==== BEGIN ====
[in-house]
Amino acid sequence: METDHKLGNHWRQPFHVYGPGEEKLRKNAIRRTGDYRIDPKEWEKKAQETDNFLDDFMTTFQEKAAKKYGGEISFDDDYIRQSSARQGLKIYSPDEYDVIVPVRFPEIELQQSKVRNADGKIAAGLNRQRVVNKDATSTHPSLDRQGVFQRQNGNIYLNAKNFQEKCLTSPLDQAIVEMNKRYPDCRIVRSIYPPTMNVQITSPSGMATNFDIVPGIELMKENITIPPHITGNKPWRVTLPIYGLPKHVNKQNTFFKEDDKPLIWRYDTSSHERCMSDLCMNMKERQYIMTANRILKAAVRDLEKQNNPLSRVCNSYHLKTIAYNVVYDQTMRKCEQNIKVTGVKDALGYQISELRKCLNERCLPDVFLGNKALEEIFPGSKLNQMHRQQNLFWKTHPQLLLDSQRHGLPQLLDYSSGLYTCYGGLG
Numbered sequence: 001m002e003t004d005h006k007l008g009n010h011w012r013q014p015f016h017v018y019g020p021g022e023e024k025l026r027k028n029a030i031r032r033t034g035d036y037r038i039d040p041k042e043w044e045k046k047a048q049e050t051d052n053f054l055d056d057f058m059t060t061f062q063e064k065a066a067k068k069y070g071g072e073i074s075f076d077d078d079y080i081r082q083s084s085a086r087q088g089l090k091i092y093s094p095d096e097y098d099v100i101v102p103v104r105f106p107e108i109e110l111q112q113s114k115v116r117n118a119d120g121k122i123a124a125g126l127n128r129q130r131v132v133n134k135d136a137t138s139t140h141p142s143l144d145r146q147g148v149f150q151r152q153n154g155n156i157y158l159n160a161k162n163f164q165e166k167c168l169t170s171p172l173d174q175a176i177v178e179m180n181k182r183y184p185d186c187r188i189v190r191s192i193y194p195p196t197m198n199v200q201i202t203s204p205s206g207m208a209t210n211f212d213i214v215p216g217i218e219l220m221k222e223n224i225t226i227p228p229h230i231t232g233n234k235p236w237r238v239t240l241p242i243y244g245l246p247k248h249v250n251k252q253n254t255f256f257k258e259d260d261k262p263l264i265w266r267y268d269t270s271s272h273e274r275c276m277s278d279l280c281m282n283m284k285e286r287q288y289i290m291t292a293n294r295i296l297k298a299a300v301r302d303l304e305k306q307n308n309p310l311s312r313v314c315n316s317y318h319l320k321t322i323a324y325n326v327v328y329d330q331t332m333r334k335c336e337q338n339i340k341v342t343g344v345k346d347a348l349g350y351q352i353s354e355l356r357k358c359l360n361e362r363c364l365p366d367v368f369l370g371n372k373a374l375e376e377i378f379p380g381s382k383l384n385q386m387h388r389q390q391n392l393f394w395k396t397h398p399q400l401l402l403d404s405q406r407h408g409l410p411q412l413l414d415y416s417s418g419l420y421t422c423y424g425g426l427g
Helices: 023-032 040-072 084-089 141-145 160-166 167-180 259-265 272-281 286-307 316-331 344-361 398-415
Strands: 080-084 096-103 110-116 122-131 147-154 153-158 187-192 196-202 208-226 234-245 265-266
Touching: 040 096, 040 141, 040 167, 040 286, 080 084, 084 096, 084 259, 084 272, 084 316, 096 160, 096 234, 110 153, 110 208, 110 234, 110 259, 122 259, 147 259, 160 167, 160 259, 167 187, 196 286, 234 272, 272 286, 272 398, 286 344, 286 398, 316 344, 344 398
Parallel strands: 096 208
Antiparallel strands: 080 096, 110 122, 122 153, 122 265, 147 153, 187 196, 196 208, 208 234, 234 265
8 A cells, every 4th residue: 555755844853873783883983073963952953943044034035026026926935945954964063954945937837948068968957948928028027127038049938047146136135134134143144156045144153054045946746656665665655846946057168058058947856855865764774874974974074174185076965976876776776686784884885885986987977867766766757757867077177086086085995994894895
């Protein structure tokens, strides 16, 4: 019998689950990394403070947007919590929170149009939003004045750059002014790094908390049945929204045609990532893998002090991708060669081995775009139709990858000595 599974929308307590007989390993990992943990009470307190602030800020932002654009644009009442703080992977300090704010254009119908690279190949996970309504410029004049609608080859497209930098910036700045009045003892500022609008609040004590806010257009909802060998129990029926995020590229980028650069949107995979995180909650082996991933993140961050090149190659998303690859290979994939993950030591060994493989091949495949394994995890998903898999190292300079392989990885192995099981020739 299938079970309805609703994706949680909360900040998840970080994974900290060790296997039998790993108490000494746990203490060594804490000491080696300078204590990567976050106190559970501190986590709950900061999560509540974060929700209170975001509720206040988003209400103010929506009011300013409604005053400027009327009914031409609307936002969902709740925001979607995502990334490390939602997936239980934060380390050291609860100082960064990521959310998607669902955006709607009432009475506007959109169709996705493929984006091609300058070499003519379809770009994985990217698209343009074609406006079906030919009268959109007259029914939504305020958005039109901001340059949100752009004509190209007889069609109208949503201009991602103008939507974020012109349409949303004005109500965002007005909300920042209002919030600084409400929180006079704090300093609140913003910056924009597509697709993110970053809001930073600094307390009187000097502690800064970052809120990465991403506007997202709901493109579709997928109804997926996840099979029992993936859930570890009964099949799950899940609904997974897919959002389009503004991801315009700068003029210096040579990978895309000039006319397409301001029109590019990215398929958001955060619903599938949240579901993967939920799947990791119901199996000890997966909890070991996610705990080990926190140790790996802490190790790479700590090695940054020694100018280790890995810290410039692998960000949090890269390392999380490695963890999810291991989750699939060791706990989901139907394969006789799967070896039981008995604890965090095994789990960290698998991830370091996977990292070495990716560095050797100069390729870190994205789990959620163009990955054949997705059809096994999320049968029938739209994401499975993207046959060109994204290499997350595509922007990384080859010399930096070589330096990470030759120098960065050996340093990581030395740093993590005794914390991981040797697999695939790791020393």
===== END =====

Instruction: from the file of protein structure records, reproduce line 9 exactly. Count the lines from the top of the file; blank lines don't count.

8 A cells, every 4th residue: 555755844853873783883983073963952953943044034035026026926935945954964063954945937837948068968957948928028027127038049938047146136135134134143144156045144153054045946746656665665655846946057168058058947856855865764774874974974074174185076965976876776776686784884885885986987977867766766757757867077177086086085995994894895